"Our vaccination program is critical to our warfighting readiness, as well as a tool in ensuring the safety and welfare of our personnel." VADM Dan Oliver, Chief of Naval Personnel
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- Highly lethal
- Easy to produce in large quantities
- Relatively easy to develop as a weapon
- Easily spread in the air over a large area
- Easily stored and remains dangerous for a long time
Anthrax is a lethal weapon that could be used against deployed personnel. Vaccination before exposure is a critical part of the protection against this weapon. Is the vaccine all that is needed to protect against inhalation anthrax? Being fully vaccinated greatly increases the chances of surviving an exposure to anthrax. Chances are further improved by other measures, especially the proper use of the protective masks.
No, the anthrax vaccine has been approved by the FDA since 1970. Michigan Biologic Products Institute (now the Bioport Corporation) licensed the vaccine (No. 99) and is the only manufacturer.
Yes, this vaccine has been safely and routinely administered in the U.S. to veterinarians, laboratory workers, and livestock handlers since 1970. No reports of serious adverse effects have been received by the manufacturer.
The anthrax vaccine should be administered only to healthy men and women from 18 to 65 years of age because investigations to date have been conducted exclusively in that population.
Anthrax vaccine, like other vaccines in the U.S., is classified as "Pregnancy Category C," which means that animal reproduction studies have not been conducted with anthrax vaccine. Therefore, prudent medical practice dictates that all vaccinations, including anthrax, should be routinely deferred during pregnancy unless clearly needed.
If a person has an active infection or is taking some prescription medications, a decision to give the vaccine will be made on a case by case basis.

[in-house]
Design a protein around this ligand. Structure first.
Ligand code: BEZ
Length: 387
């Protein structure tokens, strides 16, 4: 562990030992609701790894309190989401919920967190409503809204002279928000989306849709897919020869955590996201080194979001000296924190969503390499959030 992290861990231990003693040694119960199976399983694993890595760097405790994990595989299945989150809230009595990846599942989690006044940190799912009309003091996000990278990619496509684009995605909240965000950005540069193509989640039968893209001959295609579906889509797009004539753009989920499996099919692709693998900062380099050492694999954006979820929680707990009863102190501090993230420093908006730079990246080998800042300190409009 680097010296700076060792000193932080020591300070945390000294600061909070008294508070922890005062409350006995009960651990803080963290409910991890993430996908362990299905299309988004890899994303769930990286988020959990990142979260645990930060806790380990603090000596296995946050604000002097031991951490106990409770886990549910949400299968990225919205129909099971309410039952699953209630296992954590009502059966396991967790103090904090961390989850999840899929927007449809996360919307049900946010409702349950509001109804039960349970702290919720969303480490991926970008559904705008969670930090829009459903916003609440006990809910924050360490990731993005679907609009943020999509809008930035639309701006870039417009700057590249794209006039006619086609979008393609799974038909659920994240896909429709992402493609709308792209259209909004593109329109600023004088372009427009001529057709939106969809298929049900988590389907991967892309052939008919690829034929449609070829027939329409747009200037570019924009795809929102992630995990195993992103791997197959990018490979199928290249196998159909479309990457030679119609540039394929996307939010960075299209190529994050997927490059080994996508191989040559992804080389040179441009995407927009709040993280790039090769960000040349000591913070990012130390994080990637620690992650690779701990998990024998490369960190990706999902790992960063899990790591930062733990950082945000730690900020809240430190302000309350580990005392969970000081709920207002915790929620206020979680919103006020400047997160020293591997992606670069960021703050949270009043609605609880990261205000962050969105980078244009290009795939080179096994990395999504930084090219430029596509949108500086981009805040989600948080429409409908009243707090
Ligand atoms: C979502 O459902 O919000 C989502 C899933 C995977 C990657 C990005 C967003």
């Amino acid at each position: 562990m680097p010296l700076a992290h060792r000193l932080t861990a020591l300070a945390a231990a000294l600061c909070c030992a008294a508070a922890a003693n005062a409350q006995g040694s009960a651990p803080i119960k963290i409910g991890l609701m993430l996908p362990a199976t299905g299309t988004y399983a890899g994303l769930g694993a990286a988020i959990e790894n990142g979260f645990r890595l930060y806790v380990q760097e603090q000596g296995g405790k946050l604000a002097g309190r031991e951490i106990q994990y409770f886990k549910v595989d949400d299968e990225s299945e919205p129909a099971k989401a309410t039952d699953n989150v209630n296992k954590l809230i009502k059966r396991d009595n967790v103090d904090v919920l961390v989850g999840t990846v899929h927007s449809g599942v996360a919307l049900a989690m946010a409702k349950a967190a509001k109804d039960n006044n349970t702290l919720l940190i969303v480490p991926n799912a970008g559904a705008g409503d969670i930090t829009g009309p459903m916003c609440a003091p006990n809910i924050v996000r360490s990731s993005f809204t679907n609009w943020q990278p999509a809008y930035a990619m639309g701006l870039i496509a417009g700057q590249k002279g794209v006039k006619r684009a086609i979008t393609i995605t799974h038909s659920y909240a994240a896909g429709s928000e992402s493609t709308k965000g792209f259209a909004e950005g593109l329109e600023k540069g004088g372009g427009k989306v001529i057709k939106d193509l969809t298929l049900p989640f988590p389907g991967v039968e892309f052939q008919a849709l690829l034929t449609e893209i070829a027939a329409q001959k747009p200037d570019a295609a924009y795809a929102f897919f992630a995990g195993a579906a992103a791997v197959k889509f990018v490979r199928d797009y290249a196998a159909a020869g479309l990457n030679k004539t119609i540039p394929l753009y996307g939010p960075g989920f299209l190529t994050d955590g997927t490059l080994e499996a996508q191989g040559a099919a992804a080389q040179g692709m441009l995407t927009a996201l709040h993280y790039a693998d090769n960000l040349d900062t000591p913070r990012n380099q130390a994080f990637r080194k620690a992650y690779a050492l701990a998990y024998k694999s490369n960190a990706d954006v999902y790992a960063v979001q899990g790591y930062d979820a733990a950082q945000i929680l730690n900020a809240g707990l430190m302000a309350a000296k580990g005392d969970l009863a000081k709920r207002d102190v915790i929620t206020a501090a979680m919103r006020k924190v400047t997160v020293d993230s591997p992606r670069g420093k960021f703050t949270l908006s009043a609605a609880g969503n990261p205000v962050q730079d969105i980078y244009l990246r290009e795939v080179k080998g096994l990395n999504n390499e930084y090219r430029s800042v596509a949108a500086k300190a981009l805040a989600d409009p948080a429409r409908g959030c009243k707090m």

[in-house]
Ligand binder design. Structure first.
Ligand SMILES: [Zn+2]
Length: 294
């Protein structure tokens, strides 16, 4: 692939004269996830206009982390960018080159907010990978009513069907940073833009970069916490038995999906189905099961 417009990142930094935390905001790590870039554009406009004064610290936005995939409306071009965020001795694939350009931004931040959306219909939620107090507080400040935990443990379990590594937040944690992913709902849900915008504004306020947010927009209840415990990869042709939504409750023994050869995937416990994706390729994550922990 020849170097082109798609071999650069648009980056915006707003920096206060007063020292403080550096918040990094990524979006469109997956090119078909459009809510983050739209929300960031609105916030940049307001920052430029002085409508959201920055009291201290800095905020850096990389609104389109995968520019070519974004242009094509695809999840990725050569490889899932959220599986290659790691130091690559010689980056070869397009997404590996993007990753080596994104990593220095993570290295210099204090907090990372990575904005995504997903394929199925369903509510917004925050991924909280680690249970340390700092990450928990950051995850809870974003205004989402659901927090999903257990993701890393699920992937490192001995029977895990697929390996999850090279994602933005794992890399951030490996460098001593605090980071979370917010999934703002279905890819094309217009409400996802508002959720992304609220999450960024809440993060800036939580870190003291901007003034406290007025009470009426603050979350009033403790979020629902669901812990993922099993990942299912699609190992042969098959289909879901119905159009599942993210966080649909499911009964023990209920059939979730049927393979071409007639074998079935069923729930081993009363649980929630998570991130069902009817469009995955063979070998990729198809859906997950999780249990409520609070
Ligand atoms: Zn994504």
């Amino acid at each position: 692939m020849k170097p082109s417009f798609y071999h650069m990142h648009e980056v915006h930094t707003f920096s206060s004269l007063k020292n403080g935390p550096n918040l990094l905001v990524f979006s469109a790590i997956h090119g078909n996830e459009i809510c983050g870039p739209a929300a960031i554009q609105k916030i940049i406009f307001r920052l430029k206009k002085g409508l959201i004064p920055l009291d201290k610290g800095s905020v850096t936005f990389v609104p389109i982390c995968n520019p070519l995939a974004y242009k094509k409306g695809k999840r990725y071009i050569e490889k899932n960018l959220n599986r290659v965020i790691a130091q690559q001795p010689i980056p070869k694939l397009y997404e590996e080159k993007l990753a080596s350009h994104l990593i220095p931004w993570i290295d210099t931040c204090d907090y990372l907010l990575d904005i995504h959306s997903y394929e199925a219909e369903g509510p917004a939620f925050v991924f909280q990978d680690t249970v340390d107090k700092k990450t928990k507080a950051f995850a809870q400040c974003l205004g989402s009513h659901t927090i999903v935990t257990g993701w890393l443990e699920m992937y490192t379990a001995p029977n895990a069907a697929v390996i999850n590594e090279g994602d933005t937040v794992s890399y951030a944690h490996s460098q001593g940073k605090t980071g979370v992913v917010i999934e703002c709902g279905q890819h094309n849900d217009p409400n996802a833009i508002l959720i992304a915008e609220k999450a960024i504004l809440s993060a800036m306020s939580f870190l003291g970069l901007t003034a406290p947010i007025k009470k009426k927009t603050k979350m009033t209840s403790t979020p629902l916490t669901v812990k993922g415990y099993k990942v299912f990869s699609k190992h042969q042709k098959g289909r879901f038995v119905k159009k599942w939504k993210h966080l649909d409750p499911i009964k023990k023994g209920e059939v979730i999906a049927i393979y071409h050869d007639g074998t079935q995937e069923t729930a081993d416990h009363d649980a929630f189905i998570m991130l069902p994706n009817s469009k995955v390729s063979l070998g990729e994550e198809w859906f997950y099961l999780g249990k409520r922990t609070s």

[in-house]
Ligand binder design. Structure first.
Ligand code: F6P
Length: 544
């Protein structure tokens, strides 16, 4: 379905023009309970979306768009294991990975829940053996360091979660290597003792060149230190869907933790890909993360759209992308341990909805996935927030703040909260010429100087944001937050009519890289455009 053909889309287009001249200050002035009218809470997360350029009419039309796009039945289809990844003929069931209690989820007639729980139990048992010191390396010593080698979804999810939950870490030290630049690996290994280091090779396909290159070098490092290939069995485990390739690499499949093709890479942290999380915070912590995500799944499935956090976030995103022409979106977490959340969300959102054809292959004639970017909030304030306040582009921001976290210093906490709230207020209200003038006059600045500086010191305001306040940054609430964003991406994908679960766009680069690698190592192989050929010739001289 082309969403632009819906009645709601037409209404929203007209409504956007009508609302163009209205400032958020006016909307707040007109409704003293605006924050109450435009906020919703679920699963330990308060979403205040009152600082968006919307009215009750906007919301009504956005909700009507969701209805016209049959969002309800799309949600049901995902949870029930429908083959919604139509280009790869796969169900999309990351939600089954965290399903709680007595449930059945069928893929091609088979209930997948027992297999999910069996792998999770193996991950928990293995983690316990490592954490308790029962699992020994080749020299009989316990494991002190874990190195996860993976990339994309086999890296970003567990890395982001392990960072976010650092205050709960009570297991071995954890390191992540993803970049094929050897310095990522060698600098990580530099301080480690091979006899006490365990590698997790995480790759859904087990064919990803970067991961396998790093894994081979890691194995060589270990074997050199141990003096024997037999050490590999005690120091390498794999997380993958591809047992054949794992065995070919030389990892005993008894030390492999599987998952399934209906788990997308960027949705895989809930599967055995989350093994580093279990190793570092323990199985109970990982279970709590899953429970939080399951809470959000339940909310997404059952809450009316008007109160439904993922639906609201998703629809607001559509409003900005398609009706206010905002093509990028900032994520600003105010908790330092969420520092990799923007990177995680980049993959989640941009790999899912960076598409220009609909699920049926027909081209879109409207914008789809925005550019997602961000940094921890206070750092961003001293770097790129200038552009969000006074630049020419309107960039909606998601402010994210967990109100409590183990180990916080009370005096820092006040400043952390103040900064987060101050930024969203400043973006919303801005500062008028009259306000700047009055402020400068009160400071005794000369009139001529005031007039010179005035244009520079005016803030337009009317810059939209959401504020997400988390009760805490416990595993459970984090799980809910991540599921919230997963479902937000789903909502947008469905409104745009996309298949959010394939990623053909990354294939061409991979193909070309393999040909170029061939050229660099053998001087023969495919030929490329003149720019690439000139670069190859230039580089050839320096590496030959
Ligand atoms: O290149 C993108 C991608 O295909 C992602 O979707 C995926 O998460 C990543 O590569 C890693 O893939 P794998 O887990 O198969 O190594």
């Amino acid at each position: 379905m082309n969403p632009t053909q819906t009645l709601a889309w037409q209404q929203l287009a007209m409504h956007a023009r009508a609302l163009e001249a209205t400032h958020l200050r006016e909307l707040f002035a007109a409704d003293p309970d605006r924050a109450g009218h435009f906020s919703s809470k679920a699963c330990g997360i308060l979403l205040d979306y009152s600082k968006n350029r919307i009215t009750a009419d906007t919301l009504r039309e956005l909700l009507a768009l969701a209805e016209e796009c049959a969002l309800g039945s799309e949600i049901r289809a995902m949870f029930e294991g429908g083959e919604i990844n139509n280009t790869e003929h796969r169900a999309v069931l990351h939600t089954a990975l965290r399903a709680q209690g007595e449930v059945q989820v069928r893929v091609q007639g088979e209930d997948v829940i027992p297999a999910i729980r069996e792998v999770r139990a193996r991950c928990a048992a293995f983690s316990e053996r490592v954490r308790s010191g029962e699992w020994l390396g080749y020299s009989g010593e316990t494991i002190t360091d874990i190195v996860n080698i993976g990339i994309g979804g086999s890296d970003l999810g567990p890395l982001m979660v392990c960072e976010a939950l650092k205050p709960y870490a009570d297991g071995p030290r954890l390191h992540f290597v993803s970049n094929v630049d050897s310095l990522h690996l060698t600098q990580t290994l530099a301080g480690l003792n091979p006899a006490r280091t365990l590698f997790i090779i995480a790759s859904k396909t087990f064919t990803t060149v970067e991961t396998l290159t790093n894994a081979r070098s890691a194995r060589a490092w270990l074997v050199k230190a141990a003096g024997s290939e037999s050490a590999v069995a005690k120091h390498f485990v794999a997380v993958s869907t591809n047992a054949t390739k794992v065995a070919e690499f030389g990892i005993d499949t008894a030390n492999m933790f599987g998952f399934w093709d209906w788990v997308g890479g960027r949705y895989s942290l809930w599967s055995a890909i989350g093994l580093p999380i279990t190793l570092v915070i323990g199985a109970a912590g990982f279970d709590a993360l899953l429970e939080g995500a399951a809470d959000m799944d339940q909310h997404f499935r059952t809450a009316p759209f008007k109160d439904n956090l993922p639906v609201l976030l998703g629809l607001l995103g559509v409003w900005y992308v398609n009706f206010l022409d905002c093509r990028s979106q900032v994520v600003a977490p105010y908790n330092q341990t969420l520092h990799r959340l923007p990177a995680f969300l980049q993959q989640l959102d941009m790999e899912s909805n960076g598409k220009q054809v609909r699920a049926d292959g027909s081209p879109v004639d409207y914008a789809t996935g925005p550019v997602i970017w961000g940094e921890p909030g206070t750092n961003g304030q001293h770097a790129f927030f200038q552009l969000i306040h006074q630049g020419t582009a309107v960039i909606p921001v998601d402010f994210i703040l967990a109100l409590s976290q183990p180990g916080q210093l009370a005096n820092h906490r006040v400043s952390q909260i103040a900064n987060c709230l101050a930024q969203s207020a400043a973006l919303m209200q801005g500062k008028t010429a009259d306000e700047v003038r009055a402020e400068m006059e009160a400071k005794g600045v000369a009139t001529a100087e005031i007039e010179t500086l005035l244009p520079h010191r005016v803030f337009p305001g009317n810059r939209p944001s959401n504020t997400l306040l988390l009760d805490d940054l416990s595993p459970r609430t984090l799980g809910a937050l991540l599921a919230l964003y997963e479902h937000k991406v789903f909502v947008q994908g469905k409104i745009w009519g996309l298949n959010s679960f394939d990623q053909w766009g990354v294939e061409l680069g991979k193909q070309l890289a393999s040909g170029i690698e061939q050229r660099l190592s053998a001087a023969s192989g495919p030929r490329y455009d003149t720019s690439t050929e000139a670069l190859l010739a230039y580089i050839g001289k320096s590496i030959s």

No. Several national scientific groups, including the National Academy of Sciences, have addressed this issue and have found no evidence to link the anthrax vaccine with illnesses among Gulf War veterans.
No. The vaccination has been routinely used for the past 28 years and has not been associated with sterility. Although we cannot conduct experiments with lethal agents on the human reproductive system (for ethical reasons), there is ample evidence that it does not cause any harm or sterility.
As with other vaccinations, pain may occur at the site of injection. Temporary side effects (sore arm, redness, and slight swelling) may occur. The vaccine has been in use since 1970 with no known long-term side effects.
Yes. This program will be treated like any other vaccine that is required to prepare you for deployment. You will be required to take it unless medically deferred.
Your commander. In addition, more information on the anthrax vaccine can be accessed at the web sites listed on this site.
Are DoD's mandatory anthrax inoculations really safe? Why is anthrax suddenly such a big deal? Why doesn't DoD make the shots optional and let each of us decide for ourselves what protection we need? If you've asked any of these questions, you are in good company, because many service members have since May. That's when Defense Secretary William Cohen made the anthrax vaccinations mandatory. You can find out why and answers to many other questions at "Countering the Anthrax Threat," a new Web site highlighted on "DefenseLink" DoD's Internet home page at http://www.anthrax.osd.mil/.
Last Update: 23 July 2009